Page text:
Experimental studies on epoxy resins and their composites show that water has two effects on their dynamic moduli. First, their glass (or α-) transition point shifts to lower temperatures as the water concentration increases in the sample. Second, an unexplained ω-transition appears at a temperature below the glass transition temperature. The magnitude of this transition increases with the water contend in the sample. The magnitude of the ω-transition also increases in composites with poor interfaces that absorb more water than composites with good interfaces. The temperature of the ω-transition varies little with the water content and is not strongly dependent on the magnitude of the transition. An increase in the ω-transition loss modulus peak accompanies a decrease in the α-transition loss modulus peak.
The problem is to identify a molecular-level or microstructural mechanism that can create the various phenomena observed in the form of the ω-transition.
The experimental evidence from composites with poor interfaces suggests that the ω-transition is most likely a microstructural phenomenon and supports the following hypothesis: the ω-transition is simply the α-transition of a new phase formed in the composite due to a heterogeneous distribution of water in the matrix.
Microstructural inhomogeneity in the epoxy resin causes certain regions to have a higher affinity for water than others. The physical characteristics of the epoxy network structure and the chemical characteristics of the polymer chain that contribute to this uneven affinity for water are not clearly understood at present. However, possible causes include uneven crosslink densities due to uneven hardener concentration, trapped air bubbles, other trapped holes, or de-bonds at the filler-matrix interface. These defects promote water accumulation in the matrix surrounding the. The water-saturated regions are large enough to behave as a separate, dispersed, mocroscopic phase. The presence of this phase is observed when excess water shifts its α-transition temperature to a value lower than that of the rest of the matrix. We will refer to this phase as the soaked phase or the water-rich phase.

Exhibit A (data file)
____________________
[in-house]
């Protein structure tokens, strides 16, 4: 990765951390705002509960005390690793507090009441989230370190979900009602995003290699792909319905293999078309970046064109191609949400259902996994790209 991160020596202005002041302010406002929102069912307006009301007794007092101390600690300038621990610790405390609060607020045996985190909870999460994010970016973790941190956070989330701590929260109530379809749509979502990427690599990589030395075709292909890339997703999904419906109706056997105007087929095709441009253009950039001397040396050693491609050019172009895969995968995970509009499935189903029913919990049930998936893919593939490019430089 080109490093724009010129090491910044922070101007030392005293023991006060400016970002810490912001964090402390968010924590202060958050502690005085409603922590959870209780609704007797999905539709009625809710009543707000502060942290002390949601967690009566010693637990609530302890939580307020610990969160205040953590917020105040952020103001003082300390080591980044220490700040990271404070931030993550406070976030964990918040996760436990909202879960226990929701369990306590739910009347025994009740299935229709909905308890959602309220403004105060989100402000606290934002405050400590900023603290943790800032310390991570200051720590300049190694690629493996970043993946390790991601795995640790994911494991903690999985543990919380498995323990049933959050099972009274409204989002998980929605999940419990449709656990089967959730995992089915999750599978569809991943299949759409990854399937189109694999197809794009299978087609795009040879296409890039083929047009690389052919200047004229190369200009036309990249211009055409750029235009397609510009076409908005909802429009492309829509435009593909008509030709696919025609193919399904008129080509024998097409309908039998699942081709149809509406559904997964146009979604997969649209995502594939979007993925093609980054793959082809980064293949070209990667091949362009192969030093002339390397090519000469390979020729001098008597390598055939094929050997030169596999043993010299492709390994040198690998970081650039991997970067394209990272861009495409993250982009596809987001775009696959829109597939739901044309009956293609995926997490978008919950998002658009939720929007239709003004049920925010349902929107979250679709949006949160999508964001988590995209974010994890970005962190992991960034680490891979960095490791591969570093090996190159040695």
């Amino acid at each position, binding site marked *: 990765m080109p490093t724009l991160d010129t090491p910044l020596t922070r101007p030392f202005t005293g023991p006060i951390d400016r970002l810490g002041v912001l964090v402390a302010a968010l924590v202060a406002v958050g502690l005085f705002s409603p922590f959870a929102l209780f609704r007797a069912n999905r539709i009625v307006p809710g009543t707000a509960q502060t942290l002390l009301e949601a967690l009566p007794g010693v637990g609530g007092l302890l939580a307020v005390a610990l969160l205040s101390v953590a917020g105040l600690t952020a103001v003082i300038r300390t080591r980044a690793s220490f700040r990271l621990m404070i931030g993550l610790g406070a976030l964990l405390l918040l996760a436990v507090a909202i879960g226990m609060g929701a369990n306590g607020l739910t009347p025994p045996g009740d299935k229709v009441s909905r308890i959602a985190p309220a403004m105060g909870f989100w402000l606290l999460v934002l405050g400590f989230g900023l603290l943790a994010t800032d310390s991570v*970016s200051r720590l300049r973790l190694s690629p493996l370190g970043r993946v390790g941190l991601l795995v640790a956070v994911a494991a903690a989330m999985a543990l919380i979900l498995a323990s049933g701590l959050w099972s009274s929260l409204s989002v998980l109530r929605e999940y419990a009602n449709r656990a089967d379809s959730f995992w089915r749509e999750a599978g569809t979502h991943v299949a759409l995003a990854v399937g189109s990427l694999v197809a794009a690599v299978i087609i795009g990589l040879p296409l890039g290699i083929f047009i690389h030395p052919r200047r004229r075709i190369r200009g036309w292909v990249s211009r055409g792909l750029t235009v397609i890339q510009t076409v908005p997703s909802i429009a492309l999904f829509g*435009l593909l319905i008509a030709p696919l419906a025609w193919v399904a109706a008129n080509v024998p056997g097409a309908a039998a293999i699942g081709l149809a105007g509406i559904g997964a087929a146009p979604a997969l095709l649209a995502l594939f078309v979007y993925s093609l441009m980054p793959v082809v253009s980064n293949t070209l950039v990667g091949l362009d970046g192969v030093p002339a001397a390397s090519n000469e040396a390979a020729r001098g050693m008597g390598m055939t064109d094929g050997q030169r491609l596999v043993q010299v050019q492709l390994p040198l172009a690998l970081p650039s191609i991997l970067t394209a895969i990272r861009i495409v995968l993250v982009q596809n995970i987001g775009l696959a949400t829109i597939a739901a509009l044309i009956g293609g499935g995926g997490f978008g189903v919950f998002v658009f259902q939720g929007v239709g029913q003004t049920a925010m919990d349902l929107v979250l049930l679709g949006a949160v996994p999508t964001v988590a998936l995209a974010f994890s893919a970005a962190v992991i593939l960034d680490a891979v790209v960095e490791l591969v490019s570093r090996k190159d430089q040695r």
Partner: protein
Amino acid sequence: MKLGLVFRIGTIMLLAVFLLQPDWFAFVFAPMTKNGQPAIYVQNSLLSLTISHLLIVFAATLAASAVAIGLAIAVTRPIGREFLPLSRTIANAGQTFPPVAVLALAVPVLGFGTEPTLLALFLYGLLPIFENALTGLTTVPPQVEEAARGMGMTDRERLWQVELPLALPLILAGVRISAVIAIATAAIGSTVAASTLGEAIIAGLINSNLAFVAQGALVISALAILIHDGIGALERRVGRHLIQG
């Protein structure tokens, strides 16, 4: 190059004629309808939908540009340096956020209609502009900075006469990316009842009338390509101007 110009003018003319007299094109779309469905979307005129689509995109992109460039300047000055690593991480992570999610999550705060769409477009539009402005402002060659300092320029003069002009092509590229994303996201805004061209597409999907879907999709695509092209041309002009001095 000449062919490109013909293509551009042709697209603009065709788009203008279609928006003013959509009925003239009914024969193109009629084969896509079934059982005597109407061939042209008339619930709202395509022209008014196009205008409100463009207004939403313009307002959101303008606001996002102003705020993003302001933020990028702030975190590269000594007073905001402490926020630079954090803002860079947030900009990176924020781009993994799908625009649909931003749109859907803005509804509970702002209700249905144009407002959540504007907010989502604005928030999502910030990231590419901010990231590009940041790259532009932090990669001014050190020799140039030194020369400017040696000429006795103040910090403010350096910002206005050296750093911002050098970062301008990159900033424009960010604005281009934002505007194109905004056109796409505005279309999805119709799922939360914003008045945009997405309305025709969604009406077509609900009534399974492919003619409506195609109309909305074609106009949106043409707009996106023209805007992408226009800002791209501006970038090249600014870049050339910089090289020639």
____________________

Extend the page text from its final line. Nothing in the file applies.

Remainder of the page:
Microscopic-sized regions of the soaked phase of nearly identical composition are, therefore, assumed to be distributed within the neat resin. De-bonded matrix at the interface in composites with poor filler-matrix interfaces also provide similar conditions for water saturation. Therefore, water collected at the interface contributes to an increase in the total volume fraction of the water-rich resin phase.
The hypothesis will be tested by comparing the ω-transition observed in experiments to the effective volume-average dynamic moduli of epoxy resins and composites containing different volume fractions of the water-rich phase. This calculation had to be done in two stages. The first stage involves prediction of the dynamic viscoelastic moduli of the hypothesized water-rich phase. In the second stage, the dynamic moduli of the different phases in the real epoxy resins and composites are volume-averaged to obtain the effective dynamic modulus of the heterogeneous material. The accuracy of the calculated properties of the heterogeneous media will depend on the accuracy of the predicted physical properties, the volume-averaging schemes, and the accuracy of the model of the microstructure in the real material.